On an average day, with an average golfer, the odds of hitting a hole in one is about 12,500 to 1. For professional golfers, the odds of a hole in one fall significantly to 3,000 to 1. Most hole in one shots are similar – the ball, which is 1.68″ in diameter, lands on the green, rolls towards the cup, which is 4.5″ in diameter, and then falls in, which is then followed by vigorous celebration and high fives all around. So then, what do we think the odds are of a golfer of any skill level making a hole in one on the fly? Meaning, that 1.68″ diameter ball doesn’t touch the green and literally lands right in the 4.5″ diameter hole. The odds have to be astronomical. And that is exactly what happened at this weekend’s PGA Championship when Michael Block, a golf course pro from California (not even a PGA Touring pro!!), aced the 15th hole at Oak Hill Country Club in Rochester, NY. Take a look at the video. It is a stunning shot. It even took Mr. Block several minutes for it to register that he aced it.
Tiger Woods is finally breaking his silence after three months in seclusion after his well publicized SUV accident and alternate life as “Fred Garvin, Male Prostitue“. What I love is that bookies actually have lines on several items related to this story:
A British bookmaker has set odds at 4-to-7 that Woods wife, Elin, will be with him. William Hill didn’t stop there, however. It offers 8-to-1 odds that Woods will announce he is getting a divorce, 12-to-1 odds that his wife is pregnant and 100-to-1 odds that he is retiring.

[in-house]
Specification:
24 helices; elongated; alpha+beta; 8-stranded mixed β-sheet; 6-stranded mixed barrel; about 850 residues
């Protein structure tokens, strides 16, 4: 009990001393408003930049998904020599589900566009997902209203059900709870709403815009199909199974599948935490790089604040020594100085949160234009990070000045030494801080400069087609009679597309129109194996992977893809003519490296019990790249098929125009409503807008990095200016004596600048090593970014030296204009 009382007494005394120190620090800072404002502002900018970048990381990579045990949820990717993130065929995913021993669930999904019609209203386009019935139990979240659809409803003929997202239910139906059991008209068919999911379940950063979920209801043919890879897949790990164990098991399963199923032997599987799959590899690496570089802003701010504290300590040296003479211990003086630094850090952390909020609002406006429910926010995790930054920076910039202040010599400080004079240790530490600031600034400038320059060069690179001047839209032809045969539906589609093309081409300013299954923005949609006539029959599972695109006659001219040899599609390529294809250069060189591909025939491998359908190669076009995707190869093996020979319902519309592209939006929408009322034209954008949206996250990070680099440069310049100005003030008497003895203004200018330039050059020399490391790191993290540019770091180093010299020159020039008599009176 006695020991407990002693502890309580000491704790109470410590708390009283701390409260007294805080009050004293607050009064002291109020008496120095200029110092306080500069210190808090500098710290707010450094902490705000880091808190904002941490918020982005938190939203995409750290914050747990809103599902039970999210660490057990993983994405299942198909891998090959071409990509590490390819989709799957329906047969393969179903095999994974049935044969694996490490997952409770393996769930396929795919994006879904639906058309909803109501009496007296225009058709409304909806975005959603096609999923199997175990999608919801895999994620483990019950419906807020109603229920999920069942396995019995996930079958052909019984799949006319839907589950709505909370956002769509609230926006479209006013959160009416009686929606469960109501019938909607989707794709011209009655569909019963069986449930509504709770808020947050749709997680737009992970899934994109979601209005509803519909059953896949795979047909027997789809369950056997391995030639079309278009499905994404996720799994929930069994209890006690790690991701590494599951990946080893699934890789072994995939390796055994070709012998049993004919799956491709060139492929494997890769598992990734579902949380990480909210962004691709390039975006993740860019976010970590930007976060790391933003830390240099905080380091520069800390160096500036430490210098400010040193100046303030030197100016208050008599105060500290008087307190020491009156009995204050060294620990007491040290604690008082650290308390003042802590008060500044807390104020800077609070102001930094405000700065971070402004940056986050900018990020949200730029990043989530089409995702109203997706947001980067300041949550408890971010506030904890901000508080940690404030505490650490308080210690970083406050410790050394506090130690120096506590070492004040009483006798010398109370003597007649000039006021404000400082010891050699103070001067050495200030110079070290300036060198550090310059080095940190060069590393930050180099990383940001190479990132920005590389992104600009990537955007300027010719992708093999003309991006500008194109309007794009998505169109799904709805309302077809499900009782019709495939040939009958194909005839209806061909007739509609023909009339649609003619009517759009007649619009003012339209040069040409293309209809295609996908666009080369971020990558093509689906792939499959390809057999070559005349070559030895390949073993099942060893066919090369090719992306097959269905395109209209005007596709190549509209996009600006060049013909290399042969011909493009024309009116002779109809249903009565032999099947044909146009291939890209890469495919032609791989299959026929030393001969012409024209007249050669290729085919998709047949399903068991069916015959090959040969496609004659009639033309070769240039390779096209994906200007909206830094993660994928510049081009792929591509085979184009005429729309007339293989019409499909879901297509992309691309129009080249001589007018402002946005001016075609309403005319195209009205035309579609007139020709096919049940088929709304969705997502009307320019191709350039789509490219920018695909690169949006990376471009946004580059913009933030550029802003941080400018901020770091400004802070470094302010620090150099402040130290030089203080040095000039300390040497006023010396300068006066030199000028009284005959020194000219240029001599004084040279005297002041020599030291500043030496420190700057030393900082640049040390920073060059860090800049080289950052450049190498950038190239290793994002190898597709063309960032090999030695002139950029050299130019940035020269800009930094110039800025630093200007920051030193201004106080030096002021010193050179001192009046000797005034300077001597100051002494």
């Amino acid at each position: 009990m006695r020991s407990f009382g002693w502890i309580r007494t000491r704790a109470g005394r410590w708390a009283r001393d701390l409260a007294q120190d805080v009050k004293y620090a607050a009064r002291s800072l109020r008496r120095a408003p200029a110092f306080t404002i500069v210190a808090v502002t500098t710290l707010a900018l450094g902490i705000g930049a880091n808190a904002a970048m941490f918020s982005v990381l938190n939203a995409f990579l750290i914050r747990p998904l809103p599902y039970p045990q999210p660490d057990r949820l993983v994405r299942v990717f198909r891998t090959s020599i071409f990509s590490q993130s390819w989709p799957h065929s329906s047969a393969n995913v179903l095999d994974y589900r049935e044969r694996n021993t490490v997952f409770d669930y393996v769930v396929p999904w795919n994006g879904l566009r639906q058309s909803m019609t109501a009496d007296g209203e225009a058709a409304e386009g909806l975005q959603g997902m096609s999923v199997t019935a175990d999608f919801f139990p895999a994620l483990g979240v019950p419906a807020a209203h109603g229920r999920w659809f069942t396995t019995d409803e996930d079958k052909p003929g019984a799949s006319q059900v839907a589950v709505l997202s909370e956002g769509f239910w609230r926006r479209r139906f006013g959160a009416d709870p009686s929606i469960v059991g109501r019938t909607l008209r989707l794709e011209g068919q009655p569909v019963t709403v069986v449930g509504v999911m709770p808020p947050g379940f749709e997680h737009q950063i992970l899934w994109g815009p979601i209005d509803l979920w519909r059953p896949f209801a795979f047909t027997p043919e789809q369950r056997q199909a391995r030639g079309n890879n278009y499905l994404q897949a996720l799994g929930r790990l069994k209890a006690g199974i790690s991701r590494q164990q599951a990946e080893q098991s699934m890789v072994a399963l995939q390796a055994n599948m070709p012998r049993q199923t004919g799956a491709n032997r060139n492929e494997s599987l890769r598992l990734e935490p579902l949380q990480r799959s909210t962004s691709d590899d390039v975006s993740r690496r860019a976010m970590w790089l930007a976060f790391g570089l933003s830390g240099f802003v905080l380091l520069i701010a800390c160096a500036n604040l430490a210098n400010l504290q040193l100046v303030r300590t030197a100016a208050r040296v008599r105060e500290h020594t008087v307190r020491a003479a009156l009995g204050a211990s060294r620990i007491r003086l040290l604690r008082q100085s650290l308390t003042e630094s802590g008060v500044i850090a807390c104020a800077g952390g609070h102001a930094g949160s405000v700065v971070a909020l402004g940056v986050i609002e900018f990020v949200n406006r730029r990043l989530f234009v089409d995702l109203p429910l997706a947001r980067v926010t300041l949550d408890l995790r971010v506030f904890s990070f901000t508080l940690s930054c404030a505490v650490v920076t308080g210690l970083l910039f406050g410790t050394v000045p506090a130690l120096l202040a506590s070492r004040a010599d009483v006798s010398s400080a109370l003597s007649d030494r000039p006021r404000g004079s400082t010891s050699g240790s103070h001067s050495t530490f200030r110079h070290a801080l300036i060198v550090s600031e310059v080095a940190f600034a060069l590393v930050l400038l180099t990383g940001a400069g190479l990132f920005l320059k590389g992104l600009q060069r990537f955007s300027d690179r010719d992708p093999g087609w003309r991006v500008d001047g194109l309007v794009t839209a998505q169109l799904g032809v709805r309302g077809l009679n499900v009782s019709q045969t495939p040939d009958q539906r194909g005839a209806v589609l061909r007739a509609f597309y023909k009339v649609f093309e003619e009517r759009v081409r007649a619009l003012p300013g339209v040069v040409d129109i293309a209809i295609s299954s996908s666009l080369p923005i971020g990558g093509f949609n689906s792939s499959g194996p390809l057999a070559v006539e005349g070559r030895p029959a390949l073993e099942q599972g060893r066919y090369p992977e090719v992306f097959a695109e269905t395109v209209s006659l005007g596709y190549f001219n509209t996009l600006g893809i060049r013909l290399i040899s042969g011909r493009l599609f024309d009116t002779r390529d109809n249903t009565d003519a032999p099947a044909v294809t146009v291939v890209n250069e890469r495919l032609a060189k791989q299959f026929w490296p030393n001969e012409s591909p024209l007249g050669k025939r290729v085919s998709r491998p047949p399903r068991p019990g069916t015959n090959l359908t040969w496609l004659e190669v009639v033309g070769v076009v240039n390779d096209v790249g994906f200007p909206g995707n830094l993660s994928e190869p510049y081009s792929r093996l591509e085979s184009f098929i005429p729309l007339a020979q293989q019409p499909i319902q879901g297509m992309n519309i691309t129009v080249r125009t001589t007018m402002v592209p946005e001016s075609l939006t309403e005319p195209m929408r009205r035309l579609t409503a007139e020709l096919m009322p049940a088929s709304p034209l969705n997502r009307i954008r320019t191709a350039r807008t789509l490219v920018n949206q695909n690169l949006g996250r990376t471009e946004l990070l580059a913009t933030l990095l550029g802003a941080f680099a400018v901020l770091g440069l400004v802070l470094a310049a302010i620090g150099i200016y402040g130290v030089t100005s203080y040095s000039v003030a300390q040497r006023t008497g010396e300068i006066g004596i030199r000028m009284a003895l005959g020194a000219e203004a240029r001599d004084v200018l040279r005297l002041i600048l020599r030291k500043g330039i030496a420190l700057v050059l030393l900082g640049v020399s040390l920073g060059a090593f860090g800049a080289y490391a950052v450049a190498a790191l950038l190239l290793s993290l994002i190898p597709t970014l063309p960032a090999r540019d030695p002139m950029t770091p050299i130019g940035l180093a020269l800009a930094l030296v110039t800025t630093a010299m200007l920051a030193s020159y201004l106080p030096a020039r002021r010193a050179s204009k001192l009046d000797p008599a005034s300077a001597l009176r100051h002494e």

Can this story be delivered on a bigger silver platter to the comedians of today?
This Monday, I had the opportunity to play a round of golf at the Bayonne Golf Club. For those not familiar, Bayonne GC was built in 2006 on a plot of marsh and industrial land on NY Harbor. To say that Bayonne GC is a marvel of engineering and landscaping excellence would be a gross understatement. The irony of the experience is set in your arrival to the course. The approach to the club is an industrial road lined with warehouses and 18 wheel trucks. I felt like I was driving to meet Tony Soprano for the last time at one of his meeting spots. Yet, when you pass through the gates, you are enveloped by a winding road within a valley of dune grass covered hills. Within 15 seconds, the thoughts of those warehouses and Tony Soprano were gone.
The clubhouse was spectacular, with no expense missed to ensure that it felt like a place that was 150 years old, even though it was only 3 years old. There was the proverbial dark wood paneling, the wonderful old style locker room, the high backed chairs, and the comfy chairs and couches that you could get lost in.
The course itself and the experience of playing there was just amazing. On certain holes like #16, views of NY harbor and the Manhattan skyline were breathtaking. On many of the other holes, I really felt like I was on a course in the middle of the British Isles, with the rolling hills and links course layout.
My round was interrupted twice by some spectacular lightning storms, which definitely put a damper on the day (by the second interruption before the last 6 holes, I had checked out) but made for good entertainment while waiting in the clubhouse. But we finished the round and had a wonderful day. And, I actually played good, consistent golf for the first 12 holes. I really hope I get the chance to play there again with better weather. Above all else, what playing Bayonne did that no other course I’ve played has done (with maybe the exception of Blackwolf Run in Wisconsin), was make me appreciate the fun and experience of playing a round of golf.